Blog / Sustainability
Preserving the Biological Corridor in Guatemala
Your money this month will go towards protecting forests in Guatemala from deforestation. This project is set to protect and restore 54,157 hectares of land, which make up part of the Mesoamerican Biological Corridor. By preserving these forests, the project helps to reduce CO2 emissions while also addressing the drivers of deforestation through education, economic opportunities and sustainable agroforestry initiatives.
This REDD+ avoided unplanned deforestation project, based in the Department of Izabal in the Caribbean coastal region of Guatemala, sets out to protect and restore 54,157 hectares of land, which make up part of the Mesoamerican Biological Corridor.
This project seeks to address the issue of deforestation in Guatemala on a local level. This initiative will have a positive climate, community and biodiversity impacts in the project zone. The project reduces CO2 emissions by preventing deforestation caused by the conversion of forests into cropland. The project prevents deforestation by addressing the drivers of deforestation in the project area through effective law enforcement, land-use planning, education, economic opportunities, and sustainable agroforestry initiative.
Since the project’s inception, local communities have been actively participating in the project’s formulation and implementation. The early involvement of participating communities has created awareness among community members and readiness for project implementation.
This project is monitored and certified by Verified Carbon Standard.
The Mesoamerican Biological Corridor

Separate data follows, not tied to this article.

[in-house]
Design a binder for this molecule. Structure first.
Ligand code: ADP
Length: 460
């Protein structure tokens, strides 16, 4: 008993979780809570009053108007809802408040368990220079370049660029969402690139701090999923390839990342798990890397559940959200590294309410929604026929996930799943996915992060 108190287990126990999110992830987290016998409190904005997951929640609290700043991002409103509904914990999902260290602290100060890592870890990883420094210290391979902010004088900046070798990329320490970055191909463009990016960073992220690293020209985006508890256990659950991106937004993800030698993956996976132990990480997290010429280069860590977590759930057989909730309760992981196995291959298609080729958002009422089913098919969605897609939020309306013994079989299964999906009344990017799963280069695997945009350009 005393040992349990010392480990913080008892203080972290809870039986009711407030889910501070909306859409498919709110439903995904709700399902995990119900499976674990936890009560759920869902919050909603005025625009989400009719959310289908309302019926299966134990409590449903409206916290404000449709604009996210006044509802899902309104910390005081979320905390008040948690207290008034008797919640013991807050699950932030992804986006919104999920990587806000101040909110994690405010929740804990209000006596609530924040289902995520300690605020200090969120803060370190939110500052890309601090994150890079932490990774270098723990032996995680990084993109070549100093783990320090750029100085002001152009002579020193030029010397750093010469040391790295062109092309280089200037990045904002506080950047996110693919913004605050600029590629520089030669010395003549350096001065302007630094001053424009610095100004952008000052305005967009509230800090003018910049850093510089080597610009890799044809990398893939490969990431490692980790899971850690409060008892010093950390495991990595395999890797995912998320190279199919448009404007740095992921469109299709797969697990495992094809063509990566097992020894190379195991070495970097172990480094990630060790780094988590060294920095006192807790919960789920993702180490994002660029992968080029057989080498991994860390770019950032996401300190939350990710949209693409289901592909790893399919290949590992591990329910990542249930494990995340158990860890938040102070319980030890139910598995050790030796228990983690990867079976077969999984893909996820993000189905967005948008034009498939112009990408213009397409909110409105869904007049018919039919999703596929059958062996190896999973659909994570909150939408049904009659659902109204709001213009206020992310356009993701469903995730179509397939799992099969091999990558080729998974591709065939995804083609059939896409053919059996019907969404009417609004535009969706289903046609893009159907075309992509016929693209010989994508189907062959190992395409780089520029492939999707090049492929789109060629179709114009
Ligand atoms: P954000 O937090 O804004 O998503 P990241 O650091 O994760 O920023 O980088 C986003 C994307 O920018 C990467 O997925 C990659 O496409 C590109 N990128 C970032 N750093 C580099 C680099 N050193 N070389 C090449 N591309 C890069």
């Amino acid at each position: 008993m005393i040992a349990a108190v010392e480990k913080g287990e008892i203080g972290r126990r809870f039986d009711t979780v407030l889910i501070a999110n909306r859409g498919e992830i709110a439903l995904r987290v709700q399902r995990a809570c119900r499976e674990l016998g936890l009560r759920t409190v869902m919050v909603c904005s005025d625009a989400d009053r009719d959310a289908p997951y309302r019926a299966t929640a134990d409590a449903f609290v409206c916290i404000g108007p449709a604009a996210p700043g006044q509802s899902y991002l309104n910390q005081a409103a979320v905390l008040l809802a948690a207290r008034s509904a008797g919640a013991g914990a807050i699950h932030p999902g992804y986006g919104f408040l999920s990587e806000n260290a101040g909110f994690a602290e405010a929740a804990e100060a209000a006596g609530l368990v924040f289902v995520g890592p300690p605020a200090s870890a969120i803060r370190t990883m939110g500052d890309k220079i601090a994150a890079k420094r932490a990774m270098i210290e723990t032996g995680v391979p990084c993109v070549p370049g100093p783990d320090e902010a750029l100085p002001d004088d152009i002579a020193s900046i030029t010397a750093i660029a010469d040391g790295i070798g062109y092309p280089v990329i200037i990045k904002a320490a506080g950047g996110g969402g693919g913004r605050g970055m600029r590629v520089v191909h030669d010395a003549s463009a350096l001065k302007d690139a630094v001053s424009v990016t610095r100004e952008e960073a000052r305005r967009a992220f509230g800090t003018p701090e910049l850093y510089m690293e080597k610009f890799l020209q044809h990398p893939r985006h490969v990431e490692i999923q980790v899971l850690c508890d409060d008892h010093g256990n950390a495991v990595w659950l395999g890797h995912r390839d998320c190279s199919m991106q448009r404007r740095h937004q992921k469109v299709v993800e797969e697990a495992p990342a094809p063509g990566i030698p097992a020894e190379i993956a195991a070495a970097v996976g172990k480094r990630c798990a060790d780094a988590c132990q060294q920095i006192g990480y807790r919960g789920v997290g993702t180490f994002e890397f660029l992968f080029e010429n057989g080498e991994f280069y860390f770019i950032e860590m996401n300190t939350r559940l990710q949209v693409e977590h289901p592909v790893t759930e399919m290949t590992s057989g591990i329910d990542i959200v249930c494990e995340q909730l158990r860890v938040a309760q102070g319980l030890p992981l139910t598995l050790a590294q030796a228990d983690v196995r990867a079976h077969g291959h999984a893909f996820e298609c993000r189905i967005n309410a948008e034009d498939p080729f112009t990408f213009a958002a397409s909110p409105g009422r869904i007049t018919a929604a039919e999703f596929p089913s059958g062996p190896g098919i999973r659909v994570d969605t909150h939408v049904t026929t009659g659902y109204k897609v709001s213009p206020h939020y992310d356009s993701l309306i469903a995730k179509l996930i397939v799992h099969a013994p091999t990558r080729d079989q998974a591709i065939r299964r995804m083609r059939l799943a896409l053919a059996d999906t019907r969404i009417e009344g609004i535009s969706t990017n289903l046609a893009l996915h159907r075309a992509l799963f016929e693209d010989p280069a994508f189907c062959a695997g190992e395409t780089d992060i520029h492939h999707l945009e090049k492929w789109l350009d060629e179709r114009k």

This biological corridor is a region that consists of Belize, Guatemala, El Salvador, Honduras, Nicaragua, Costa Rica, Panama, and some southern states of Mexico. The area acts as a natural land bridge from South America to North America, which is important for species who use the bridge in migration. Due to the extensive unique habitat types, Mesoamerica contains somewhere between 7 and 10% of the world’s known species.
The corridor is home to multiple diverse biomes and is bordered by the Caribbean Sea to the east and the Pacific Ocean on the west. These environmental forces create four terrestrial biomes and 19 terrestrial ecoregions. These biomes are a crucial player in our planet's ecosystems and the degradation of this hub of biodiversity will have catastrophic impacts across the world.
Photos from the project
For each acre of forest protected, the threat of deforestation and degradation is removed. By protecting an additional 687 million acres of forest, this solution could avoid carbon dioxide emissions totalling 6.2 gigatons by 2050. Perhaps more importantly, this solution could bring the total protected forest area to almost 2.3 billion acres, securing an estimated protected stock of 245 gigatons of carbon, roughly equivalent to over 895 gigatons of carbon dioxide if released into the atmosphere. Financials are not projected, as they are not incurred at the landholder level.
We will continue to support this project and others closer to home. Thanks again for supporting Oomph Made.